ORLANDO -- I never saw Red Auerbach coach a game. Not in person, not on TV, not in some creepy, sweat-soaked dream.
His days on the Boston sideline were a little before my time, and so I have no firsthand knowledge of Auerbach's impact once the basketball was thrown in the air. I couldn't tell you if his in-game adjustments were brilliant or if his sideline temperament was beyond compare.
All of which serves as my official disclaimer. A way of acknowledging there are details and nuances of which I have no firsthand knowledge. So, having admitted that, I will move on to the point of this column:
Phil Jackson is the greatest coach in NBA history.
And pardon me while I duck.
I have a feeling this is not a popular opinion. Fans tend to be more comfortable with coaches who are gruff and stay up all night watching video and drawing plays on grease boards. Smug hipsters such as Jackson just don't fit the mold.
I also understand there is a tendency for people to protect the icons of their younger days. Trust me, I do it all the time. Just the other morning I got in a shoving match with my 5-year-old over the artistic merits of the original Scooby-Doo. I say the show jumped the shark when Fred stopped wearing an ascot. The little brat disagrees.
At any rate, I lean toward Jackson, 63, over the late Auerbach because of circumstances and eras. I think Jackson's 10 titles trump Auerbach's nine championships, and it's not simply a question of mathematics.
It has to do with degree of difficulty. And changes in the game. And pressures in the modern era. For the interest of brevity, I will narrow the factors to three categories.
No. 1: Jackson won his titles in an era of free agency and salary caps. It is much harder to keep a great team together today than it was for Auerbach and the Celtics in the 1950s and '60s.
This means Jackson had to contend and adapt to far more turnover than coaches of earlier eras. Auerbach had four players (Tom Heinsohn, K.C. Jones, Sam Jones and Bill Russell) play for eight of his nine championship teams. Frank Ramsey played on seven of those teams, and Bob Cousy played on six.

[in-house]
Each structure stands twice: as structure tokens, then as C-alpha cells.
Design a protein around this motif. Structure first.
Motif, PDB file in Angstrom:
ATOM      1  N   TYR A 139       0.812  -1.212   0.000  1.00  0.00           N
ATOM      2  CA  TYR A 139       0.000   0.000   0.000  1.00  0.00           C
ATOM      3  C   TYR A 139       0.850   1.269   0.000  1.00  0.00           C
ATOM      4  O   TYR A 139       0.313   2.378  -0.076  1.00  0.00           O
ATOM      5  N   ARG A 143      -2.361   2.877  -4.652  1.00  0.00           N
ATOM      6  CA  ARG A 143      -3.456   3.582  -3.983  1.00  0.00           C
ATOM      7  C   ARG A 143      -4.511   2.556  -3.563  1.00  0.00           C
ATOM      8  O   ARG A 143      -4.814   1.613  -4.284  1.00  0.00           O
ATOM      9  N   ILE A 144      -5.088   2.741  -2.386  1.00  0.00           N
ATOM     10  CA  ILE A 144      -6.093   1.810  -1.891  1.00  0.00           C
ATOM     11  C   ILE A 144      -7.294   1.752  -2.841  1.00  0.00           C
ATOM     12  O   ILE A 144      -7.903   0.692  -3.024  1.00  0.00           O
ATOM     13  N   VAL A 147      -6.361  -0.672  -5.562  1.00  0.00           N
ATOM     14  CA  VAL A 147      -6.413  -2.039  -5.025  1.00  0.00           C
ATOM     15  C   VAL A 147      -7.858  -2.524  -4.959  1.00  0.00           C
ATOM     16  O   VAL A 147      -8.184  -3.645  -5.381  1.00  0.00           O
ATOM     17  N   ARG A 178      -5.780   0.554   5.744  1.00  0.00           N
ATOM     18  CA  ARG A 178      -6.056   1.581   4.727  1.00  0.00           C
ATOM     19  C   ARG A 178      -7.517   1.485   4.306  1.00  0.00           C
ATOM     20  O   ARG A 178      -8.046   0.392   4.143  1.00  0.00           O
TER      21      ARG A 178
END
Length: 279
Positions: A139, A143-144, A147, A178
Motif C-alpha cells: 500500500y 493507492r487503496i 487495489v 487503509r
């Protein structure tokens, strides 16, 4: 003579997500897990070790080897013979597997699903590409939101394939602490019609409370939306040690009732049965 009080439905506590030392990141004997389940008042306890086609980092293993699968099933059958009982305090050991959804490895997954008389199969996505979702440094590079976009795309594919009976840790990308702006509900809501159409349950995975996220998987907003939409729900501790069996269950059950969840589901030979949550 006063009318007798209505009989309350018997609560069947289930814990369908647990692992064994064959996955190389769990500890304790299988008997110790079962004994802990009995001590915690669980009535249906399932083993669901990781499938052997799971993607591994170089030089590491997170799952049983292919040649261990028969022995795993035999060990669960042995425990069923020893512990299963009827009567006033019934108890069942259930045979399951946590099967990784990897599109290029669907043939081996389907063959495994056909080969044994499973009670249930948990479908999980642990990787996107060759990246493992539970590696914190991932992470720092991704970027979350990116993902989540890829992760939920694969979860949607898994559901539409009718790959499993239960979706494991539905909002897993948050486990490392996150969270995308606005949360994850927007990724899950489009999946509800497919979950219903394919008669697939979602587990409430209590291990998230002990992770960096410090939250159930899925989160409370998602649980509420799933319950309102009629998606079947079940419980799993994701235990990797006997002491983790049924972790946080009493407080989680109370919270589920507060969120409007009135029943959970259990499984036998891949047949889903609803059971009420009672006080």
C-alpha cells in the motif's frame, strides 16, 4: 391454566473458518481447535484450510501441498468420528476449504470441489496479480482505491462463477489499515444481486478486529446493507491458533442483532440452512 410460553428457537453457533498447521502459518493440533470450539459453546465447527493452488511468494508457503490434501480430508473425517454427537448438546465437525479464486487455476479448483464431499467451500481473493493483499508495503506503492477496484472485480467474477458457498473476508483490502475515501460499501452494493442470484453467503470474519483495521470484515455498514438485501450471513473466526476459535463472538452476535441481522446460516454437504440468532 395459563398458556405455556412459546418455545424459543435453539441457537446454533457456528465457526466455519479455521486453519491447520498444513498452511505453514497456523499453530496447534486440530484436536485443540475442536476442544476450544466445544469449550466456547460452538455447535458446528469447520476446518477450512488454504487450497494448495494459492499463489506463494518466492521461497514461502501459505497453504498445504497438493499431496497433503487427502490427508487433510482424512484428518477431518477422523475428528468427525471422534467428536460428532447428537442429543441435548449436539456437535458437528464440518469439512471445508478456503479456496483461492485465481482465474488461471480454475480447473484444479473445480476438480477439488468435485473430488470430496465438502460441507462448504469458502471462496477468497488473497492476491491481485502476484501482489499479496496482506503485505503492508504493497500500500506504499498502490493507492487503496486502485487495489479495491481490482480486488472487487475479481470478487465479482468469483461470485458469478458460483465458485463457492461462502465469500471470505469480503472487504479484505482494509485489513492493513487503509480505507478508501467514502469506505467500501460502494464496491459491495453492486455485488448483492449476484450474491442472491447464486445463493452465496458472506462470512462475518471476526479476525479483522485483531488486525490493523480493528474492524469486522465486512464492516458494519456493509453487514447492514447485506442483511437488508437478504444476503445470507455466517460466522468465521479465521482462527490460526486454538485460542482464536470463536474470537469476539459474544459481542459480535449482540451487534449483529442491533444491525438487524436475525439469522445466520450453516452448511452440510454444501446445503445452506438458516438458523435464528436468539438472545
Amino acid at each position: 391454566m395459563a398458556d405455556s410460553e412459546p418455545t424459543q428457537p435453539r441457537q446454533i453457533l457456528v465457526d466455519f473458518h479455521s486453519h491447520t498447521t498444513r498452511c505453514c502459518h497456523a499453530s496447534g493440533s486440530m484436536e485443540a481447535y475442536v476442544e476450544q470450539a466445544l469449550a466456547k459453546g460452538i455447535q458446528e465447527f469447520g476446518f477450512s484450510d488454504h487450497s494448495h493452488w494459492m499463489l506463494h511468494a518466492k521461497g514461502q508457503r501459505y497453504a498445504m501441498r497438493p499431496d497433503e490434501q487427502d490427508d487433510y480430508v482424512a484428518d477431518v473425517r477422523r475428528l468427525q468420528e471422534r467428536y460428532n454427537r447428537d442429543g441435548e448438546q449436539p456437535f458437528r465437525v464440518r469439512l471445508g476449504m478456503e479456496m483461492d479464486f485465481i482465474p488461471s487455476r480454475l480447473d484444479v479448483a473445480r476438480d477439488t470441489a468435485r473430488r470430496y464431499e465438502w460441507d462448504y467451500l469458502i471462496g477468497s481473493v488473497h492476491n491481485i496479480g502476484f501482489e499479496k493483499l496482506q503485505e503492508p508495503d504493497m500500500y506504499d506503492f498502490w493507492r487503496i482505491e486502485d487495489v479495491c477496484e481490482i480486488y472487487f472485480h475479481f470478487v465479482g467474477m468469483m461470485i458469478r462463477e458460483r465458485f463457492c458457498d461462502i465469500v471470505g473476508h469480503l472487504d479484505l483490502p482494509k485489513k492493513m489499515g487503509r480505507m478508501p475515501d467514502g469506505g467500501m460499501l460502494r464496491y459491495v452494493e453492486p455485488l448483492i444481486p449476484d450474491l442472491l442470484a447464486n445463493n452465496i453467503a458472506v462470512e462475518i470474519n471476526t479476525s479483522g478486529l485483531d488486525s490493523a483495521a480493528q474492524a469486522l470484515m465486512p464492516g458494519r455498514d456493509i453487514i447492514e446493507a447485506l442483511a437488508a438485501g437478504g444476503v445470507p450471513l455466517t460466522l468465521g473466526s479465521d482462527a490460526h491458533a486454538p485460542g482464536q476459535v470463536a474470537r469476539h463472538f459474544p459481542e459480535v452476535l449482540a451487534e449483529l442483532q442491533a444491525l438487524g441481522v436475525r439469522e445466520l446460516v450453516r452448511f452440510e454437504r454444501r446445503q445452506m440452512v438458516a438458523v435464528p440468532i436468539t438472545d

Do you know how many of the same players were around for Jackson's ninth and 10th titles?
No. 2: The NBA has expanded greatly in the last 30 years. That means more competition in the regular season and more layers in the postseason. When Auerbach won his first title in 1957, the NBA was an eight-team league.
That year, the Celtics won the NBA Finals in seven games. They beat a St. Louis team that was 34-38 in the regular season. Two years later, the Celtics faced a 35-37 team in the Eastern Division final and a 33-39 team in the NBA Finals.
Not quite Frazier-Ali, eh?
No. 3: Jackson won six titles with the Bulls and four with the Lakers. Ninety-nine percent of the NBA's coaches go entire careers without winning four championships. Jackson has done it with two franchises.
(The only coach in one of the four major professional sports who comes close to this achievement is the NHL's Scotty Bowman, who won five Stanley Cups with Montreal, three with Detroit and one with Pittsburgh.)
Now this is probably the point in the conversation where critics will throw up their hands and say the only reason Jackson has won so many rings is because he has been surrounded by great players. Really? Do you think?
Of course, Jackson has had great players. It's pretty hard to win one title without great players, let alone 10. Kind of like saying Casey Stengel had great players on the Yankees and Francis Ford Coppola lucked out with those Brando, Pacino, DeNiro and Duvall guys in The Godfather trilogy. So, yes, Michael Jordan, Scottie Pippen, Shaquille O'Neal and Kobe Bryant have had a lot more to do with Jackson's success than his triangle offense.
But here's a little secret:
Auerbach had great players, too. According to the Hall of Fame, he had more of them than Jackson.
During the course of his nine titles in 10 years, Auerbach had 11 Hall of Fame players on his rosters. The fewest he had at any one time was four in 1966. The most was eight in 1963. Eight! That means he had three Hall of Famers hanging around the bench. Do you know who the third guy off the bench was in Chicago in 1991? Yeah, neither do I.
(For accuracy's sake, I went back and checked. The eighth guy in Chicago's rotation was a 30-year-old forward named Cliff Levingston. I'm guessing the Hall of Fame is not looking for his phone number.)
Hey, I'm not trying to slam Auerbach here. He is obviously a legend. He was ridiculously successful and, by most accounts, was a basketball genius. It wouldn't surprise me if his X's and O's were in an alphabet beyond Jackson's.
But coaching is not simply drawing up plays and calling for substitutions. It involves setting standards, and creating an atmosphere. It requires the deft handling of personalities and knowing how to push buttons for different individuals.
Jackson may not be an innovator, but he is a master when it comes to handling a roster and motivating players.
In my book, the best ever.